“The Pearl” Santai Island

Chongqing, China

The project “The Pearl” is located on a string of islands in the Red Basin in southwestern China – a landscape of lakes through which the Yangtze River flows. The river extends to more than 600 km passing the famous Three Gorges in Chongqing.
Due to the favorable climate in this region, the islands have developed into a rich, fertile garden landscape characterized by orange groves.
There, using both a modern interpretation of the genius loci and traditional Chinese construction techniques, a five-star resort is to be built and carefully integrated into the landscape. This is to be done with the symbolic emphasis on life and health in harmony with nature and using wood as the main material in all buildings in order to minimize the impact on the island and the lagoon.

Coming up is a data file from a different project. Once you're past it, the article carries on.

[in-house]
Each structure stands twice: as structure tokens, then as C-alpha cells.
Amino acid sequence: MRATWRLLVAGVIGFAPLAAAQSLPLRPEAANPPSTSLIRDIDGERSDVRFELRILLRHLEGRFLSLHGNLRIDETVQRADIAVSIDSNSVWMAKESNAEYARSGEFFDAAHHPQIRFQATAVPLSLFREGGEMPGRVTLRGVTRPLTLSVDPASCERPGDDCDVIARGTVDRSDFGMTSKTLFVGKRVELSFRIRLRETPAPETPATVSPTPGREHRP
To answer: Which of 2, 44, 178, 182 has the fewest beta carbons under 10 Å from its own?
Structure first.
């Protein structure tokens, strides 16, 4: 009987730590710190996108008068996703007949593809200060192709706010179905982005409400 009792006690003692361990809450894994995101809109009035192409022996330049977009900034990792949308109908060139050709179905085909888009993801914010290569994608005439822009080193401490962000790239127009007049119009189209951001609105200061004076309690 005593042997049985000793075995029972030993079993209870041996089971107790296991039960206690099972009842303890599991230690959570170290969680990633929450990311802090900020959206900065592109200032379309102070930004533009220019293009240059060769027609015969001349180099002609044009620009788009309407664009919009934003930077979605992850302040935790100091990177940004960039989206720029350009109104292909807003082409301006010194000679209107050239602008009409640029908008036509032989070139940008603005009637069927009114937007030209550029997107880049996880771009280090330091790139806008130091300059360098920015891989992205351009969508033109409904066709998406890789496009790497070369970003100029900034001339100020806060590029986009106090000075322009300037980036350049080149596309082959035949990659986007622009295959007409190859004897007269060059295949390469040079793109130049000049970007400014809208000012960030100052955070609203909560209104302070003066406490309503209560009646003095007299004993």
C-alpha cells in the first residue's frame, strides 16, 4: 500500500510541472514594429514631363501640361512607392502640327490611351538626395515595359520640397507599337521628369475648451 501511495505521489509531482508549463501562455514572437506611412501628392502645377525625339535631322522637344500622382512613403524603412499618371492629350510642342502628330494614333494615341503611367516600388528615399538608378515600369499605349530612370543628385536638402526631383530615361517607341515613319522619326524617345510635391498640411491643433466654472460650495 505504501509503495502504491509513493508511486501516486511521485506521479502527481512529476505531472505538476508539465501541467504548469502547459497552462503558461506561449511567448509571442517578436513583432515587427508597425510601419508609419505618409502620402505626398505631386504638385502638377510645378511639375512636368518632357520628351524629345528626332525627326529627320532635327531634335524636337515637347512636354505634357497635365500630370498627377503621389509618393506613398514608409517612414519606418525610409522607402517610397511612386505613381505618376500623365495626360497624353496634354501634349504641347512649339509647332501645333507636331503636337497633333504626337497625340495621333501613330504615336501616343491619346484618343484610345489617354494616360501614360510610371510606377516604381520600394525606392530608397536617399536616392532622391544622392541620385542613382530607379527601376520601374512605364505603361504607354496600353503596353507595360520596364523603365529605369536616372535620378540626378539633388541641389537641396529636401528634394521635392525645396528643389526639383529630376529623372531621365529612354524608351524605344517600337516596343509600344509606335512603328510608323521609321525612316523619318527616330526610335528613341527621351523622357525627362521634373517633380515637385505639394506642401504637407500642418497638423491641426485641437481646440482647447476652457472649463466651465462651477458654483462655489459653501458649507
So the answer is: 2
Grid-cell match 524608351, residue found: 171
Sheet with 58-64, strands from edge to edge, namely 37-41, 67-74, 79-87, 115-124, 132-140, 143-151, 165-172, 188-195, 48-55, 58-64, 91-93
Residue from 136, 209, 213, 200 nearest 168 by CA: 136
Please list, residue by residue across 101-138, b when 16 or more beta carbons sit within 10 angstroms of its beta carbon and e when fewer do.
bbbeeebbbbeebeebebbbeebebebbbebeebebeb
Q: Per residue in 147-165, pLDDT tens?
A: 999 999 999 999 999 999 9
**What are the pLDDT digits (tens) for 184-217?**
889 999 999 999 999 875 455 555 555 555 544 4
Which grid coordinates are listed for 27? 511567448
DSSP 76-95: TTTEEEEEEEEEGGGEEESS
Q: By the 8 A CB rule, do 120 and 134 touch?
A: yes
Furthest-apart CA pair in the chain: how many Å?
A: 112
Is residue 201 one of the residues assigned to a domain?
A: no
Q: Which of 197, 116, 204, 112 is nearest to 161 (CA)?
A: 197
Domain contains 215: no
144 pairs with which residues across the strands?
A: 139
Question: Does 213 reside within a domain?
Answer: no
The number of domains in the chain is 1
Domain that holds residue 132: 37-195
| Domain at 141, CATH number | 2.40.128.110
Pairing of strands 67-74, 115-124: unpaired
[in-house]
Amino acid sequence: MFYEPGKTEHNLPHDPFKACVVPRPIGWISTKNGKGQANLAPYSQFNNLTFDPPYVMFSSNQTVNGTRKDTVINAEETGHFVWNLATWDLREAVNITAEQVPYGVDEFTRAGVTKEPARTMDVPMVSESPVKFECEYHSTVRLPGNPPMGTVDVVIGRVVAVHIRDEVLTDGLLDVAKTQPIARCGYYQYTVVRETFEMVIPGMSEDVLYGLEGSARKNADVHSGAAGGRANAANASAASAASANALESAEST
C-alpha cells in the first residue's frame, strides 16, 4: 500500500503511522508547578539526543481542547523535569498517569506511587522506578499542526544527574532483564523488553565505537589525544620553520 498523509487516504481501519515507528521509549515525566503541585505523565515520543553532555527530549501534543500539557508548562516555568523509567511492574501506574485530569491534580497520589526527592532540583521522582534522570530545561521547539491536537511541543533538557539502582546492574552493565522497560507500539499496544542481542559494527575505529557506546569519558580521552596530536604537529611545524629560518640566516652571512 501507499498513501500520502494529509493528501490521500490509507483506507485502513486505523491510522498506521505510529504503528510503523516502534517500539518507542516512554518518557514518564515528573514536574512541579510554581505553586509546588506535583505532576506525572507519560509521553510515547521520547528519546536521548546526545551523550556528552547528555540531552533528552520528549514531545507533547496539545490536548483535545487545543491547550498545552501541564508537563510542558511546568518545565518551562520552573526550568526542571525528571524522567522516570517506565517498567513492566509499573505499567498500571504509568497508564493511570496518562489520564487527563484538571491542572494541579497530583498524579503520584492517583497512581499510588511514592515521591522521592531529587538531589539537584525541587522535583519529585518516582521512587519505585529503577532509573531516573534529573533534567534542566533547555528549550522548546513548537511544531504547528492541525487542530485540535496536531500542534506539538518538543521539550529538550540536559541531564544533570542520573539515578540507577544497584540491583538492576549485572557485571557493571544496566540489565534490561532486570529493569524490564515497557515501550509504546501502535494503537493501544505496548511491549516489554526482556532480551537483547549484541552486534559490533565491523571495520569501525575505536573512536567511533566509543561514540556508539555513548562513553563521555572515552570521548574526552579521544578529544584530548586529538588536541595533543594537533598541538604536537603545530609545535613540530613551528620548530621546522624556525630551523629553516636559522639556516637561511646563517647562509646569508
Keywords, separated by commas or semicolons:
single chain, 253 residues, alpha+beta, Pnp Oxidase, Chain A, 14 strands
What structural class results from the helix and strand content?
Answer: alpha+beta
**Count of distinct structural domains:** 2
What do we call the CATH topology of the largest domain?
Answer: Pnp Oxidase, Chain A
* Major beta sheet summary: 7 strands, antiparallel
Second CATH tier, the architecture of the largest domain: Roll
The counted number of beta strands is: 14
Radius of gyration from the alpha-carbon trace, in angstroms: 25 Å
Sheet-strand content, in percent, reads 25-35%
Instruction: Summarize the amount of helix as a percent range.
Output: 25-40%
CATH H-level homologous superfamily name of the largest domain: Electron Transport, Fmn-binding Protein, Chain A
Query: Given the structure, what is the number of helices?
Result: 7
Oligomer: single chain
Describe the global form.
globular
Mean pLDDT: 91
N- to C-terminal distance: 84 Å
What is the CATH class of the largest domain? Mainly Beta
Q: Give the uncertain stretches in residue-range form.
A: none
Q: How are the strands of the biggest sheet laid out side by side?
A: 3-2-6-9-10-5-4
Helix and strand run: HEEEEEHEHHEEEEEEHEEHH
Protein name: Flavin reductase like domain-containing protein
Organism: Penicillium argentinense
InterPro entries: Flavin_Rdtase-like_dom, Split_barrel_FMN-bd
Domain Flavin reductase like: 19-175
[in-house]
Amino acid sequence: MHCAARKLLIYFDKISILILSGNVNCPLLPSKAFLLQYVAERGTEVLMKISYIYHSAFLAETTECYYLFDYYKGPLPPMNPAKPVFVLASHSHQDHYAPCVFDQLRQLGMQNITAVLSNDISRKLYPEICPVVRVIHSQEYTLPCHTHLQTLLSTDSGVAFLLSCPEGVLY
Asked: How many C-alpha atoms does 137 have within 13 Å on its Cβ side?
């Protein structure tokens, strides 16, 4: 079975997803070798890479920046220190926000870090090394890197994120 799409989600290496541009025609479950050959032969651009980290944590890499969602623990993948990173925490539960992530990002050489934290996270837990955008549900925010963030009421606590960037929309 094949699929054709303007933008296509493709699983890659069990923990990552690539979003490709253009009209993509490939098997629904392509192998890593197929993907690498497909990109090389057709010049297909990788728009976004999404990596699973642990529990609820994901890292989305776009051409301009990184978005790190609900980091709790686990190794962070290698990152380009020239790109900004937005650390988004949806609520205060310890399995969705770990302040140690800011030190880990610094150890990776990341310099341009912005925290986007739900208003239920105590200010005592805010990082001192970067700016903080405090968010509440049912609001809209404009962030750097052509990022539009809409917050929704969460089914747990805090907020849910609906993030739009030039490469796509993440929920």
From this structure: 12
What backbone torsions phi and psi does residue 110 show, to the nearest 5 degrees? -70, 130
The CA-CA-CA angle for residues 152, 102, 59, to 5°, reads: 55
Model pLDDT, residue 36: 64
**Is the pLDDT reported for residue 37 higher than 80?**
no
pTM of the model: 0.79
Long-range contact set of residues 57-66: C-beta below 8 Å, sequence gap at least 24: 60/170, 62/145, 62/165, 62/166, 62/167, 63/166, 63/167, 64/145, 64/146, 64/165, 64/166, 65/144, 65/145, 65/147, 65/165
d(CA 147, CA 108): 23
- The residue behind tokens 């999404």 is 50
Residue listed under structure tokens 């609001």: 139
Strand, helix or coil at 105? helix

In order to access the island and the resort, a marina with shops, cafés and other recreational facilities is planned, leading the visitors via a stairway to the resort. The stairway is cut into the red sandstone joining a circumferential path, from which single buildings or groups of buildings on top of five of the hills on the island can be easily reached.
The other hills will be surrounded by a total of fifty villas, supplemented by sports, gardening and health facilities, while at the highest point of the island a hotel with a panoramic restaurant and fifty rooms is planned.
The most exclusive spot, however, is to be located in one of the bays: a pavilion standing in the water, built with its front facing the lake and its back facing the mountain – designed to render the spirits of the air and of the water.
The guests of the pavilion may visit the restaurant, use the sport facilities, or simply enjoy the sky, the lake and the earth, which is, according to traditional concepts, the path to human happiness and success.
Following the idea of the harmony with nature, the resort is operated exclusively with the renewable energies obtained from solar collectors on the lake. In order to reduce the air-conditioning load, the roofs of the buildings have broad eves which provide shade and prevent the rooms from heating up. Large sliding windows can be opened to ensure natural ventilation for all areas.